encouraging a sustained effort. Rothwell. D. Employee perceptions of job importance. including the organization’s commitment to improving the partnership between employees and the employer. 10. presenting awards publicly and evaluating the incentive program regularly). Managers who model the level of engagement they seek. Employee engagement is a direct reflection of how employees feel about their relationship with the boss. superiors and subordinates. Quality of working relationship with peers. Perceptions of the ethos and values of the organization. Career advancement/improvement opportunities. Regular feedback and dialogue with superiors.How to Have the Greatest Influence on Employee Engagement: 1. 4. 9. selecting the right rewards for the incentive program.. ‘Inspiration and values’ is the most important driver in the Engaged Performance model. the way they are viewed. Ph. workers will not be either. SPHR: The Pennsylvania State University Work Alignment with Competencies Promotions 3 A New Directions White Paper: The High Engagement Workplace . 8. 3. Effective internal employee communication. If leaders are not fully engaged. having lots of winners and rewarding all achievers. Employer engagement. 5. Employee clarity of job expectations. communicating the plan effectively and frequently. Areas That Must Be Considered When Looking at Engagement: Recruitment Selection Feedback Systems Rewards Recognition Social Involvement *Beyond Rules of Engagement: How Can Organizational Leaders Build a Culture That Supports High Engagement by William J. and the ownership they are given. Reward to engage (setting realistic targets. 6. 2. 7.

Create a culture that encourages engagement 2. department and individual to address the root causes of problems that lead to employee disengagement 4. Hold people accountable for demonstrating progress in building engagement 5. Measure employee engagement periodically 3. SPHR: The Pennsylvania State University Encourages Reward Measure Accountablility Action Plan 4 A New Directions White Paper: The High Engagement Workplace . Ph. Rothwell.5 Things to Ensure Success in Improving Employee Engagement: 1. Reward those who demonstrate progress in building engagement *Beyond Rules of Engagement: How Can Organizational Leaders Build a Culture That Supports High Engagement by William J. D.. Develop action plans by organization.

12 Elements of Great Managing That Affect Engagement: o o I know what is expected of me at work. Harter o o o o o o o o o o 5 A New Directions White Paper: The High Engagement Workplace . (Do you have a best friend at work?) In the last six months. (At work. I have had opportunities at work to learn and grow. do you have the opportunity to do what you do best every day?) In the last seven days. my opinions seem to count. I have the opportunity to do what I do best every day. or someone at work. (In the last 6 months. (In the last year. (Does your supervisor. has someone at work talked to you about your progress?) This last year. (Is there someone at work who encourages your development?) At work. (Do you know what is expected of you at work?) I have the materials and equipment I need to do my work right. have you had opportunities to at work to learn and grow?) *12 Elements of Great Managing by Rodd Wagner and James K. seems to care about me as a person. seem to care about you as a person?) There is someone at work who encourages my development. someone at work has talked to me about my progress. have you received recognition or praise for doing good work?) My supervisor. (At work. (Are your associates (fellow employees) committed to doing quality work?) I have a best friend at work. (In the last seven days. (Does the mission/purpose of the company make you feel your job is important?) My associates or fellow employees are committed to doing quality work. (Do you have the materials and equipment you need to do your work right?) At work. or someone at work. I have received recognition or praise for doing good work. do your opinions seem to count?) The mission or purpose of my company makes me feel my job is important.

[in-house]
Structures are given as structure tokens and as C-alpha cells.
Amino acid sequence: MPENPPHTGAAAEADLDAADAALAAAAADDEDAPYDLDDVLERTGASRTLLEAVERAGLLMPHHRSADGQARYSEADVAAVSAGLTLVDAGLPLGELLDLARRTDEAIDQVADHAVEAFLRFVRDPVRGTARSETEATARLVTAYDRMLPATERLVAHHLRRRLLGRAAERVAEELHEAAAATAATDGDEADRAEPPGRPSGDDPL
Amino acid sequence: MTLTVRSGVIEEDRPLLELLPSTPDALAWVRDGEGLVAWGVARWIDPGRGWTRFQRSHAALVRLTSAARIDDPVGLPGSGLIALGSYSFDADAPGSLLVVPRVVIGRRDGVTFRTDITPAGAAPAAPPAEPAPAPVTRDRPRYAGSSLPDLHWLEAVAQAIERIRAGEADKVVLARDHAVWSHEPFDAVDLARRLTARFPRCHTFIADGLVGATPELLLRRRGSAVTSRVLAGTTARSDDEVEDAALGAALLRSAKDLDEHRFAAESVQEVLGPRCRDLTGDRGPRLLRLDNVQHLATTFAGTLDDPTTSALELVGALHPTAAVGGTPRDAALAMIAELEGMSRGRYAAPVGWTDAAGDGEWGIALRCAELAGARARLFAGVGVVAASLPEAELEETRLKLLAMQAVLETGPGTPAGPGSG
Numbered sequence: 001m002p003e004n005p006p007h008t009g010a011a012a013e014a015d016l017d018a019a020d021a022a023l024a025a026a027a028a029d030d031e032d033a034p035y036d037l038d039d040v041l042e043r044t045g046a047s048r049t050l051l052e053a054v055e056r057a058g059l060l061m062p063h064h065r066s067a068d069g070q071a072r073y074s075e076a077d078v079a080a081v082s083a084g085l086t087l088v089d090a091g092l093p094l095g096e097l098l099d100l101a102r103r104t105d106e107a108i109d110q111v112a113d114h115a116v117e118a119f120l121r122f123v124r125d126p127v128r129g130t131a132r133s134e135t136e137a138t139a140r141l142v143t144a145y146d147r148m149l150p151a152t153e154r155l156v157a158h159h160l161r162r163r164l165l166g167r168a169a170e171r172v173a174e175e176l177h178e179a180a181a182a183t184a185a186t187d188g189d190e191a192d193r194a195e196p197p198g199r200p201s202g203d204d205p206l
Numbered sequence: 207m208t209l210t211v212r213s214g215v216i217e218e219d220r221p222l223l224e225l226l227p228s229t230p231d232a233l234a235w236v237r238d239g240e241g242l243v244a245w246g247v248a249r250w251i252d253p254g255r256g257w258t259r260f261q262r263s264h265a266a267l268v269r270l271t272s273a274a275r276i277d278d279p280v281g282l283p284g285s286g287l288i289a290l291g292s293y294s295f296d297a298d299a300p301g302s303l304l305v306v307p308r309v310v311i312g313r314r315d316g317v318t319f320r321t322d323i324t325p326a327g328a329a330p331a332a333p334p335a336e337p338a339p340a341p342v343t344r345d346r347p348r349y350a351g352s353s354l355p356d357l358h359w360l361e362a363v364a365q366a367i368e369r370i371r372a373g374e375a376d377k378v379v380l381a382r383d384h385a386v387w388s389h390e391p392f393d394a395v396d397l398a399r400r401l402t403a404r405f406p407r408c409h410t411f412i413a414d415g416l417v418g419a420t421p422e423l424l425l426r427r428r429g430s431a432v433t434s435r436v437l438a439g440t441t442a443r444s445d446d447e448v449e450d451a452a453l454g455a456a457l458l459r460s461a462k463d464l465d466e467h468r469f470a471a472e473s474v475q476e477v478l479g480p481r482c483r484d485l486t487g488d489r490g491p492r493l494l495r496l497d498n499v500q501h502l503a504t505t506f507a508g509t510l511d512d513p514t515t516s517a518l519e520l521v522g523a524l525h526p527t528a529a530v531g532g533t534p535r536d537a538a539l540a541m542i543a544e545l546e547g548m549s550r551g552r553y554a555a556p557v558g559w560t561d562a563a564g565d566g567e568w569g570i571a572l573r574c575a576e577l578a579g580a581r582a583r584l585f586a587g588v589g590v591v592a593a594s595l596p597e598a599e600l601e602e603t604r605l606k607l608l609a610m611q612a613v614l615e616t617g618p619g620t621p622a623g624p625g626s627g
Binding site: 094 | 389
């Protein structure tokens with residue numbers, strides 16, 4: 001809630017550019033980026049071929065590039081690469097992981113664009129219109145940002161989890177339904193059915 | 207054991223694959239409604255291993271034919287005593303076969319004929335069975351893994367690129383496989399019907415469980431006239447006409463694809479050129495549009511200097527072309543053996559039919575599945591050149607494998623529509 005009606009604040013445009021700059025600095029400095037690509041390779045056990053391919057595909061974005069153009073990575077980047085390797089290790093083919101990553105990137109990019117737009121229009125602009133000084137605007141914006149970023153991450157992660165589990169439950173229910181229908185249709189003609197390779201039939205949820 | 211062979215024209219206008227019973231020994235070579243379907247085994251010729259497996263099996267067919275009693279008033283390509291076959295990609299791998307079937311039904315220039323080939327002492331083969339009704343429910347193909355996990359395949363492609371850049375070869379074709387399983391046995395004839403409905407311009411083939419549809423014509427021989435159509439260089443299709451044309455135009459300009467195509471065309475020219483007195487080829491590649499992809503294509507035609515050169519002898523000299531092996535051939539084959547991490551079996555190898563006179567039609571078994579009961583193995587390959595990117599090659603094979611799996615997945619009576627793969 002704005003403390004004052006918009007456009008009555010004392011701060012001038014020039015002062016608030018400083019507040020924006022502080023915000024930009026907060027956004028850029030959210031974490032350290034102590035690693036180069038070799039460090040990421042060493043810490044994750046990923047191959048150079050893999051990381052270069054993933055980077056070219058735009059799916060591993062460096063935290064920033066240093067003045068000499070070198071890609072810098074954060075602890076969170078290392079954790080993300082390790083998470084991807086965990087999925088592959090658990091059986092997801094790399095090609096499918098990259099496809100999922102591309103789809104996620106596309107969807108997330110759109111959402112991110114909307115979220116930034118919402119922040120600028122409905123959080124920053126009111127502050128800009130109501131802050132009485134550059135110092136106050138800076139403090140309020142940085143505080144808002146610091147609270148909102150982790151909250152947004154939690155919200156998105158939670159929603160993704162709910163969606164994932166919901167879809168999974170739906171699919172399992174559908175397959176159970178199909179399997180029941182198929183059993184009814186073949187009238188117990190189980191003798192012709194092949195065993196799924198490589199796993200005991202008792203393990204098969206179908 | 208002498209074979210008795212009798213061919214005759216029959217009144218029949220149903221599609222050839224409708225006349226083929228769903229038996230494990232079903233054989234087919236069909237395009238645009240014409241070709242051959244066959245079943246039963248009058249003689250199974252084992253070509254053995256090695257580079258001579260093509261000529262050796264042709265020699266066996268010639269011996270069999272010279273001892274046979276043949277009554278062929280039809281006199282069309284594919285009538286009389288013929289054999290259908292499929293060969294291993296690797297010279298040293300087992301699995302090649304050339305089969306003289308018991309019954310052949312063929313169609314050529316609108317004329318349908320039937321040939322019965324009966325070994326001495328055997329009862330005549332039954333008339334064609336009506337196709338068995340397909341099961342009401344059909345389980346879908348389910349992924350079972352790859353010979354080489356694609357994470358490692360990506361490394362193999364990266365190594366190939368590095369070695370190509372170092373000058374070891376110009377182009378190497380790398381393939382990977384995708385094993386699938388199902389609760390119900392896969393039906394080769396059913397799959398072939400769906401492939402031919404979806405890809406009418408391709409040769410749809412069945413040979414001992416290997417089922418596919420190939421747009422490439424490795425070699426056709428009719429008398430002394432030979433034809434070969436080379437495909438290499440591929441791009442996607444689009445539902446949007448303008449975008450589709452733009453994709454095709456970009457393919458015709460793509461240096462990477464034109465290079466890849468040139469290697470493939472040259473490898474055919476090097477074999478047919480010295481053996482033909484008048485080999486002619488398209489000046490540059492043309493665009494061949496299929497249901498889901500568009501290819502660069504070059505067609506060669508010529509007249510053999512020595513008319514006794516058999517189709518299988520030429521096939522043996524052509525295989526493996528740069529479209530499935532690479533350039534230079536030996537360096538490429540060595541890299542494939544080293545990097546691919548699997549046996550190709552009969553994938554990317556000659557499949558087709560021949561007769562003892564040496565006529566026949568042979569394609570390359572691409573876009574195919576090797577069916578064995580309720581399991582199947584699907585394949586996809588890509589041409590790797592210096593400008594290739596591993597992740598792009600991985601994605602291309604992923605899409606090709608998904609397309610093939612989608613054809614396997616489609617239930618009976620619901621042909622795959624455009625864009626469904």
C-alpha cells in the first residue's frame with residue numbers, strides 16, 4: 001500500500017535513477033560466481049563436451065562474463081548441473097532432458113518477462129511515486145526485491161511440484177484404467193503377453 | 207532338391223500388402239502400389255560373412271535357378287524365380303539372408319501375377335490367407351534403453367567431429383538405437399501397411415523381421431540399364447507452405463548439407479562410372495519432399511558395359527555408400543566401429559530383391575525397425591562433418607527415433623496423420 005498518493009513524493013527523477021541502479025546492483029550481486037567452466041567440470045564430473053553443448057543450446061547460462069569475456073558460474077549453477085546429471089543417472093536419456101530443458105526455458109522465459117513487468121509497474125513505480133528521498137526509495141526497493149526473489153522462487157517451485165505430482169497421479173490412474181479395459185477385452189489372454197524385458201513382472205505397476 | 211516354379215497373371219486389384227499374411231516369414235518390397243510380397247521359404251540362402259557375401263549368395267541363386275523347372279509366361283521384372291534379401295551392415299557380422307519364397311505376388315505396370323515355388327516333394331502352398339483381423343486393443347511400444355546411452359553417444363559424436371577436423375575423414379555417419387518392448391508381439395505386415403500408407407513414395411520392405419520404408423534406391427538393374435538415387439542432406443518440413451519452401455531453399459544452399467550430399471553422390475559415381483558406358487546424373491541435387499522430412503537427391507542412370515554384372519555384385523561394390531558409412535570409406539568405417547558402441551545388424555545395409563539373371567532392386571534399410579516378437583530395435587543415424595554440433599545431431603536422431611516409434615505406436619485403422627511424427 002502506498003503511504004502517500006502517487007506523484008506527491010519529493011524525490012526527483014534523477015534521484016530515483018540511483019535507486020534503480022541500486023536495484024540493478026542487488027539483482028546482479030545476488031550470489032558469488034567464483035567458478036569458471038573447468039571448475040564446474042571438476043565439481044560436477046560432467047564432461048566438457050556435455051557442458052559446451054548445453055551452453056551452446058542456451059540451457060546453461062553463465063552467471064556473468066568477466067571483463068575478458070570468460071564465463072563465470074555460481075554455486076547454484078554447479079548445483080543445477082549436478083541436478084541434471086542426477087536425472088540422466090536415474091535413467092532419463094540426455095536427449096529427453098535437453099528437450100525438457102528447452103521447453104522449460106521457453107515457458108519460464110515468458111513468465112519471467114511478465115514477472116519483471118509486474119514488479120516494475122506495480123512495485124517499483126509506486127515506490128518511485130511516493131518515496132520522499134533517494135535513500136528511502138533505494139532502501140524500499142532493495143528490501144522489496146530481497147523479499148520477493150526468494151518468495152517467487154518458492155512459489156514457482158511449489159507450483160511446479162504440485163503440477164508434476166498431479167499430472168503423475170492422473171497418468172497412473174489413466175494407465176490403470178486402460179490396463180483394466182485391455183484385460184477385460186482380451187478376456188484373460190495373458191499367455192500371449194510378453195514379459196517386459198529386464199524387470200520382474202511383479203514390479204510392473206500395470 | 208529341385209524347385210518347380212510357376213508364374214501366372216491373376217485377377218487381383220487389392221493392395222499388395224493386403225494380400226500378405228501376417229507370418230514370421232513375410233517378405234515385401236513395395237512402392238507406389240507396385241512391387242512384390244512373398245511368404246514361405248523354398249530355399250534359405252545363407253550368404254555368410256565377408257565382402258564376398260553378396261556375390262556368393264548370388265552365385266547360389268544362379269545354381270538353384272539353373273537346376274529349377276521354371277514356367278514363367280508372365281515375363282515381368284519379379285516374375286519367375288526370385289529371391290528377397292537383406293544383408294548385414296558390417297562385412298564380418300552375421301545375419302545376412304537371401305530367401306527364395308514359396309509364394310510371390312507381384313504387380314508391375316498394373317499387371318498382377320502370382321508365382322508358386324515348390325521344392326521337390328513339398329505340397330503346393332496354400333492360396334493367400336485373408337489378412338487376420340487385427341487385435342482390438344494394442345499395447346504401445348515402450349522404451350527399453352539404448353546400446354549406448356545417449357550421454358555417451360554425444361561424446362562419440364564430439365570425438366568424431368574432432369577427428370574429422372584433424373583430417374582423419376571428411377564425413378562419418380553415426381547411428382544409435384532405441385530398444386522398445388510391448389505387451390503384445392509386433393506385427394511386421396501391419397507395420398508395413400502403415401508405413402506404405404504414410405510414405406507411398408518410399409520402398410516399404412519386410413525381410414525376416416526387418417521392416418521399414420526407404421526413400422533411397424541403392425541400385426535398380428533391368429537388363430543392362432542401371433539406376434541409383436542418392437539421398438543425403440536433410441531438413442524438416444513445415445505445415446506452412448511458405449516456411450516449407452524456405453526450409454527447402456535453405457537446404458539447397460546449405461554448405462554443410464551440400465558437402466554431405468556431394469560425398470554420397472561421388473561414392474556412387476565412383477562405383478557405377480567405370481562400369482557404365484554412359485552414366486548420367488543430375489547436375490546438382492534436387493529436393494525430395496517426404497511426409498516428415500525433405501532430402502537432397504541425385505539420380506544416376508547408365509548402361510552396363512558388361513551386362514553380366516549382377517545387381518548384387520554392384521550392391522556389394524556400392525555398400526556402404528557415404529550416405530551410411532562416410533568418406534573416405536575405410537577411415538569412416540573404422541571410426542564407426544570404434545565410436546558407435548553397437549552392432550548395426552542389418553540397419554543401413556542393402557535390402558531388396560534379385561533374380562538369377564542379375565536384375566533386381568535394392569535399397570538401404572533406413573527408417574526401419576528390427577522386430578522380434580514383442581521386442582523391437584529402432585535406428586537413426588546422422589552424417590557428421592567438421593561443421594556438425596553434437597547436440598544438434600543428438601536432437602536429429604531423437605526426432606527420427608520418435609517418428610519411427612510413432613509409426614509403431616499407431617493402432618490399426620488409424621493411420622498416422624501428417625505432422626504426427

com or by calling 800.730. 6 A New Directions White Paper: The High Engagement Workplace .Looking to start a workplace that is highly engaged? For more information or assistance on how you can start an engaged culture in your organization please contact us at info@newdirectionsconsulting.3631 Compiled by New Directions Consulting. Inc.